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Gordon Ramsay’s London pub taken over by squatters amid pending sale

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Celebrity chef Gordon Ramsay is navigating a squatter problem in his own pub in central London.

The TV chef was preparing to hand over his temporarily closed bar while finalizing a multimillion-dollar deal with new partners when a squatter gang broke into his York & Albany bar and hotel.

Ramsay has had law enforcement involved since last Wednesday but has been unsuccessful in removing the squatters, which consist of at least five men and a woman, from his pub and hotel near Regent’s Park.

A source told The Sun that this has been a “nightmare” for the chef.

“They’ve now boarded themselves in the building and are slowly taking over the place, leaving their crap everywhere and brazenly telling locals this is now their home,” the source reportedly said, adding, “They’ve glued tight all the locks and are cooking up a storm in the kitchen, which is especially galling for Gordon.”

The squatters are claiming legal rights and have put up a legal warning outside the building for Ramsay and law enforcement.

“Take notice that we occupy this property and at all times there is at least one person in occupation,” the notice reads, adding that “any entry or attempt to enter into these premises without our permission is therefore a criminal offense as any one of us who is in physical possession is opposed to such entry without our permission.”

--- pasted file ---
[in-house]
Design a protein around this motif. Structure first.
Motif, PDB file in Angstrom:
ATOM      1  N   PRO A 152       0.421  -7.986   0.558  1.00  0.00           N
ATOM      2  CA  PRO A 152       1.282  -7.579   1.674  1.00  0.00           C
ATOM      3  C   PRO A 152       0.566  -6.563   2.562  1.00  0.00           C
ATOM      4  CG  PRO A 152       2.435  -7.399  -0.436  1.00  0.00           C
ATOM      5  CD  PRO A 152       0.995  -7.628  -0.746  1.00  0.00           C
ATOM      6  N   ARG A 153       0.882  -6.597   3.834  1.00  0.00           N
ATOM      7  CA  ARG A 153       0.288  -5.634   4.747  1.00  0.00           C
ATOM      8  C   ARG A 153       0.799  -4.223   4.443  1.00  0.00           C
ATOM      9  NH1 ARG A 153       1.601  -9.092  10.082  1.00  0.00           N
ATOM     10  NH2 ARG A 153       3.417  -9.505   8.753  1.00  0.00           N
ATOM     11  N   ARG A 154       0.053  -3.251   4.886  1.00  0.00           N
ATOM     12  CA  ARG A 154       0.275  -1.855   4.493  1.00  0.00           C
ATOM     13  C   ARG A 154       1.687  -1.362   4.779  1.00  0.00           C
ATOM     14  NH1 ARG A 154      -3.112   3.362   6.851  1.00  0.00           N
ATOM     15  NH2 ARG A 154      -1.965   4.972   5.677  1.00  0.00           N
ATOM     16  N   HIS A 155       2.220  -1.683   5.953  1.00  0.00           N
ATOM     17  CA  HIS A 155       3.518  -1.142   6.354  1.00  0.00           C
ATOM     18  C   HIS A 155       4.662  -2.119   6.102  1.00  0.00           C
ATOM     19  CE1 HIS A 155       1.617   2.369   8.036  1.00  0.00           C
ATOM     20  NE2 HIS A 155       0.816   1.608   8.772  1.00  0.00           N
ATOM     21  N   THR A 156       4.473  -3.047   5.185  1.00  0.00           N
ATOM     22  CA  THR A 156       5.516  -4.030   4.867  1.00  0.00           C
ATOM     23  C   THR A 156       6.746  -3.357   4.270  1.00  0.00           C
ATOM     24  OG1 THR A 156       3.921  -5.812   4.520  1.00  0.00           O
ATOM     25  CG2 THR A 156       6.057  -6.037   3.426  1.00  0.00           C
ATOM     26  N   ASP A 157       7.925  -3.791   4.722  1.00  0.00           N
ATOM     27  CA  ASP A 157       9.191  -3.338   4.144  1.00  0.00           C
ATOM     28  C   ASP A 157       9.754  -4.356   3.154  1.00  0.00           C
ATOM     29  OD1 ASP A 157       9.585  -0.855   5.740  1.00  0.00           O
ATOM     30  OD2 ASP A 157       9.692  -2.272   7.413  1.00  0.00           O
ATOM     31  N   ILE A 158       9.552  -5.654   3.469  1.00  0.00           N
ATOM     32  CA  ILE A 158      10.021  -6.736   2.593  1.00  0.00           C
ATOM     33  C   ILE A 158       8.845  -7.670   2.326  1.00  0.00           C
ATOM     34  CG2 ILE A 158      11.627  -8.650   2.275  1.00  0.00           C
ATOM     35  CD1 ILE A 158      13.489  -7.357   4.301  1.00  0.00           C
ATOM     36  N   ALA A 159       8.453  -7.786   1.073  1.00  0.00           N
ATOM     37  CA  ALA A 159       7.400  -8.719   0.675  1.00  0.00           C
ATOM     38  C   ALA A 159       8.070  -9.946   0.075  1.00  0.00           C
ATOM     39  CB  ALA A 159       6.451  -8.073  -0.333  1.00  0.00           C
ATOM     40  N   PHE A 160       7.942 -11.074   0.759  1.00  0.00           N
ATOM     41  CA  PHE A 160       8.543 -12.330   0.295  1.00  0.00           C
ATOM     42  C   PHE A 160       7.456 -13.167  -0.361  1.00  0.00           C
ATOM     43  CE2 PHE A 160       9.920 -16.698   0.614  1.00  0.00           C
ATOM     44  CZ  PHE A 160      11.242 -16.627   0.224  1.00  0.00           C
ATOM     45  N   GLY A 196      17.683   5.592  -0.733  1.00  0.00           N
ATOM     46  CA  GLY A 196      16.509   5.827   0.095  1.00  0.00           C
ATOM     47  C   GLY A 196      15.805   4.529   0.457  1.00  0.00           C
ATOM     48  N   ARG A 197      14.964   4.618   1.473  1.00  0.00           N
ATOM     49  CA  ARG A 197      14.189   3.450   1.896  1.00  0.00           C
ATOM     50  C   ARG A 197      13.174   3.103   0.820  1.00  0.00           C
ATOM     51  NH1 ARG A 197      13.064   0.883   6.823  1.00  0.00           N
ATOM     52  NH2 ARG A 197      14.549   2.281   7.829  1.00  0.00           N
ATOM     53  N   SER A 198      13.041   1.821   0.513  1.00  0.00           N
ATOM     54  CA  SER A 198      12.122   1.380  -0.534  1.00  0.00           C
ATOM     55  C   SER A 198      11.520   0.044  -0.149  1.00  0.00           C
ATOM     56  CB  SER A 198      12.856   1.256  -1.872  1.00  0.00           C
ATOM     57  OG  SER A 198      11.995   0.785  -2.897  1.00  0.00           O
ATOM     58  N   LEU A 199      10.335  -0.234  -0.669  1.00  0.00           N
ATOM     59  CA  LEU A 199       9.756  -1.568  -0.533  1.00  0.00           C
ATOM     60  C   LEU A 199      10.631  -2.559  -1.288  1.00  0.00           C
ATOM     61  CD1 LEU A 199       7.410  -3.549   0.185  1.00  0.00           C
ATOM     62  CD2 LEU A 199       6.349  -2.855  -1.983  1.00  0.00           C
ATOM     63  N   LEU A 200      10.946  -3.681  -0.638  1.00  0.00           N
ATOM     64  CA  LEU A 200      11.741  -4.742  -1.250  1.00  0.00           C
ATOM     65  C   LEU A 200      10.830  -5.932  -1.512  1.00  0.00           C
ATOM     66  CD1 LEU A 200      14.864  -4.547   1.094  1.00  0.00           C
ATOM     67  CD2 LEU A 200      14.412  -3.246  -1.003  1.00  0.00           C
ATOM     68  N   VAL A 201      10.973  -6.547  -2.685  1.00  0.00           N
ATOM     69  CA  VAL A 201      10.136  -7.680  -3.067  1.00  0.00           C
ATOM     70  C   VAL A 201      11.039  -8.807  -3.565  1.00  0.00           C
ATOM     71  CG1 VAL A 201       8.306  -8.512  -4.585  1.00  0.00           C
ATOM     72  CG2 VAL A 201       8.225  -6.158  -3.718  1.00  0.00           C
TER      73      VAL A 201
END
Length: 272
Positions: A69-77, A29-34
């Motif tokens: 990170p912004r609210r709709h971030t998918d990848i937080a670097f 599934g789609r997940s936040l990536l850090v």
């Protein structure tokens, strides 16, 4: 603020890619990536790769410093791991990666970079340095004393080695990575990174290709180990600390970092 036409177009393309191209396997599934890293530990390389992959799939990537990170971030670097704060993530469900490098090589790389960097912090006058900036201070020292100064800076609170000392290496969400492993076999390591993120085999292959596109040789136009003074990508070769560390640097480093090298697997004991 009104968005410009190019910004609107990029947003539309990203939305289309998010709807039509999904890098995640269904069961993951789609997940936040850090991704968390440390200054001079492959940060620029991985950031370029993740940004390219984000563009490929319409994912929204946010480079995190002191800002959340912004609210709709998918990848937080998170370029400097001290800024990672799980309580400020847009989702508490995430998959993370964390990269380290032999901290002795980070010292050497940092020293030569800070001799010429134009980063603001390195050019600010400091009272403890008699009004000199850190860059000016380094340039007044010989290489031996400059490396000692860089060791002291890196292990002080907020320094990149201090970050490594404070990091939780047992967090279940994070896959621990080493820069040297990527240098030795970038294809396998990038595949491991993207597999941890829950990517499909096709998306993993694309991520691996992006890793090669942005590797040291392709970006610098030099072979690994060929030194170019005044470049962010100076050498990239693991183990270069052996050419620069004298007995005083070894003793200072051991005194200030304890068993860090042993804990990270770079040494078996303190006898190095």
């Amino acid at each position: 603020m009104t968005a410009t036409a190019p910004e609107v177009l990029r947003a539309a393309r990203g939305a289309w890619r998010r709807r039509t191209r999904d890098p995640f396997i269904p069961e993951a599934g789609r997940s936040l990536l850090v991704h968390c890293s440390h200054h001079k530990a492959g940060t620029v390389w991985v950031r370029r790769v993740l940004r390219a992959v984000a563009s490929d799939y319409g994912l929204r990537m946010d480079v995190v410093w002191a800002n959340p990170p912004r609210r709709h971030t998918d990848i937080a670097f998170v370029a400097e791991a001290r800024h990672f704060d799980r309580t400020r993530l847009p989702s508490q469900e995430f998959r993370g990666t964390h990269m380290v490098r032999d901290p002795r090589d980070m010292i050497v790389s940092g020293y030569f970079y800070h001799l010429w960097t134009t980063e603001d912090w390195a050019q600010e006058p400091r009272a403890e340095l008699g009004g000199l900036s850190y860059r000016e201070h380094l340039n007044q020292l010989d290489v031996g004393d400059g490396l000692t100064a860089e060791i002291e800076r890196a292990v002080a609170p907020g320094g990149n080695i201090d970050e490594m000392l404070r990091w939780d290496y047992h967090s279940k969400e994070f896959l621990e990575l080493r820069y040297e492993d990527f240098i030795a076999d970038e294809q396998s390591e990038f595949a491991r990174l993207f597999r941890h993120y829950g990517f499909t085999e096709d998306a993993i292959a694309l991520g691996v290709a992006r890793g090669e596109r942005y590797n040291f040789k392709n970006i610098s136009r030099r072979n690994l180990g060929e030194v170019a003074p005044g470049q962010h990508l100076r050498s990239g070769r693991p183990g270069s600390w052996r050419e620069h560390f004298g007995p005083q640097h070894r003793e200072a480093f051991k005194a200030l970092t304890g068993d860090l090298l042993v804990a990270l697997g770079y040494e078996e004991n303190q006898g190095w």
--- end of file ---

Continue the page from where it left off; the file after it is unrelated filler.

The group says the 2012 Legal Aid, Sentencing, and Punishment Offenders Act allows for nonresidential building occupation to not be a crime and that they have the right to be there.

London’s Metropolitan Police reportedly are calling it a “civil matter” and “will take action where appropriate.”

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A post shared by A.W.S. (@autonomouswintershelter)

Two Instagram accounts, Autonomous Winter Shelter and Camden Art Cafe, are encouraging people to “pop down to a new squatted community space in Camden,” where there is a “free” art cafe.

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“Come on down and say hi, grab some food and a coffee on our first day open tomorrow,” the social media post read. “Bring your artwork to put up in the cafe.”

Social media users responded to the Instagram post, ripping the squatters.

“All I get from this is that you people believe it’s OK to take other people’s property. Just thievery with extra words, no different,” an Instagram user said in their post.

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